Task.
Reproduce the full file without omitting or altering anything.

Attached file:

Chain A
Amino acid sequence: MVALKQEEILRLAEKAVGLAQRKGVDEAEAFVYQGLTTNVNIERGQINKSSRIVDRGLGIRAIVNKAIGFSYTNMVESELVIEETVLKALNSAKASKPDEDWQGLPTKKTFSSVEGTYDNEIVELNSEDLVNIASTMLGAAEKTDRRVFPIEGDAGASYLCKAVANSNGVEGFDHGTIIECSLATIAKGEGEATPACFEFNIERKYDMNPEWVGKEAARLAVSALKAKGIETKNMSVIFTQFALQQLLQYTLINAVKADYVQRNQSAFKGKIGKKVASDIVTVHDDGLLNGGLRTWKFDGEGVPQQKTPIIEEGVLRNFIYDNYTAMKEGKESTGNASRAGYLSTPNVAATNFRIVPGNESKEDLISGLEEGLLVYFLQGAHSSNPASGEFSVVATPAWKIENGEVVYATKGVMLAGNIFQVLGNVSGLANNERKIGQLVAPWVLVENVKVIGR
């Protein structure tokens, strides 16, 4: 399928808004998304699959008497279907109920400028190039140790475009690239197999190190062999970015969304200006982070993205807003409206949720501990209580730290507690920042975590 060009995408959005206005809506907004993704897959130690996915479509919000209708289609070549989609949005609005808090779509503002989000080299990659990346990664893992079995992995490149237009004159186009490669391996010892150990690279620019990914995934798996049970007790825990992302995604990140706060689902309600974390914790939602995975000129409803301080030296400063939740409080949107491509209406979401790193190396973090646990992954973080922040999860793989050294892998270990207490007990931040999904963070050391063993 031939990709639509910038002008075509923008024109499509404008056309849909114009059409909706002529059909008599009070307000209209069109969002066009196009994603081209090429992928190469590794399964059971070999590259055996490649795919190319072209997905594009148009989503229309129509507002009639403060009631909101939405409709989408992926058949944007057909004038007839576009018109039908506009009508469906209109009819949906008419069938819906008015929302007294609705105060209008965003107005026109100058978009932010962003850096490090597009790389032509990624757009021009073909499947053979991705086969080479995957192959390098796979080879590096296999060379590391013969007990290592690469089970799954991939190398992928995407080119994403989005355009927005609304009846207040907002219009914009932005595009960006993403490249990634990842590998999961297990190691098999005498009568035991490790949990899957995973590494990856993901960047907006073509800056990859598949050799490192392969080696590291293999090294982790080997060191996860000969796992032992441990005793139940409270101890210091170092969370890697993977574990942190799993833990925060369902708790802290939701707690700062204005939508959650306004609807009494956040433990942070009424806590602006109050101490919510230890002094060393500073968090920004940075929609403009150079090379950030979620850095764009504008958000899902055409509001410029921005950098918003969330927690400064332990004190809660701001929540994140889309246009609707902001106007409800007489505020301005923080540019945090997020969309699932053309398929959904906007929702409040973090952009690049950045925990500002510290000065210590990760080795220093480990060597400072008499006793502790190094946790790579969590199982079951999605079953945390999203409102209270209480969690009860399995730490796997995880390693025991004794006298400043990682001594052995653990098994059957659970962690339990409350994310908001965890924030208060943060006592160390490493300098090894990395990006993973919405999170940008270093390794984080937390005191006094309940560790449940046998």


Chain A
Amino acid sequence: MVALKQEEILRLAEKAVGLAQRKGVDEAEAFVYQGLTTNVNIERGQINKSSRIVDRGLGIRAIVNKAIGFSYTNMVESELVIEETVLKALNSAKASKPDEDWQGLPTKKTFSSVEGTYDNEIVELNSEDLVNIASTMLGAAEKTDRRVFPIEGDAGASYLCKAVANSNGVEGFDHGTIIECSLATIAKGEGEATPACFEFNIERKYDMNPEWVGKEAARLAVSALKAKGIETKNMSVIFTQFALQQLLQYTLINAVKADYVQRNQSAFKGKIGKKVASDIVTVHDDGLLNGGLRTWKFDGEGVPQQKTPIIEEGVLRNFIYDNYTAMKEGKESTGNASRAGYLSTPNVAATNFRIVPGNESKEDLISGLEEGLLVYFLQGAHSSNPASGEFSVVATPAWKIENGEVVYATKGVMLAGNIFQVLGNVSGLANNERKIGQLVAPWVLVENVKVIGR
């Protein structure tokens, strides 16, 4: 399928808004998304699959008497279907109920400028190039140790475009690239197999190190062999970015969304200006982070993205807003409206949720501990209580730290507690920042975590 060009995408959005206005809506907004993704897959130690996915479509919000209708289609070549989609949005609005808090779509503002989000080299990659990346990664893992079995992995490149237009004159186009490669391996010892150990690279620019990914995934798996049970007790825990992302995604990140706060689902309600974390914790939602995975000129409803301080030296400063939740409080949107491509209406979401790193190396973090646990992954973080922040999860793989050294892998270990207490007990931040999904963070050391063993 031939990709639509910038002008075509923008024109499509404008056309849909114009059409909706002529059909008599009070307000209209069109969002066009196009994603081209090429992928190469590794399964059971070999590259055996490649795919190319072209997905594009148009989503229309129509507002009639403060009631909101939405409709989408992926058949944007057909004038007839576009018109039908506009009508469906209109009819949906008419069938819906008015929302007294609705105060209008965003107005026109100058978009932010962003850096490090597009790389032509990624757009021009073909499947053979991705086969080479995957192959390098796979080879590096296999060379590391013969007990290592690469089970799954991939190398992928995407080119994403989005355009927005609304009846207040907002219009914009932005595009960006993403490249990634990842590998999961297990190691098999005498009568035991490790949990899957995973590494990856993901960047907006073509800056990859598949050799490192392969080696590291293999090294982790080997060191996860000969796992032992441990005793139940409270101890210091170092969370890697993977574990942190799993833990925060369902708790802290939701707690700062204005939508959650306004609807009494956040433990942070009424806590602006109050101490919510230890002094060393500073968090920004940075929609403009150079090379950030979620850095764009504008958000899902055409509001410029921005950098918003969330927690400064332990004190809660701001929540994140889309246009609707902001106007409800007489505020301005923080540019945090997020969309699932053309398929959904906007929702409040973090952009690049950045925990500002510290000065210590990760080795220093480990060597400072008499006793502790190094946790790579969590199982079951999605079953945390999203409102209270209480969690009860399995730490796997995880390693025991004794006298400043990682001594052995653990098994059957659970962690339990409350994310908001965890924030208060943060006592160390490493300098090894990395990006993973919405999170940008270093390794984080937390005191006094309940560790449940046998």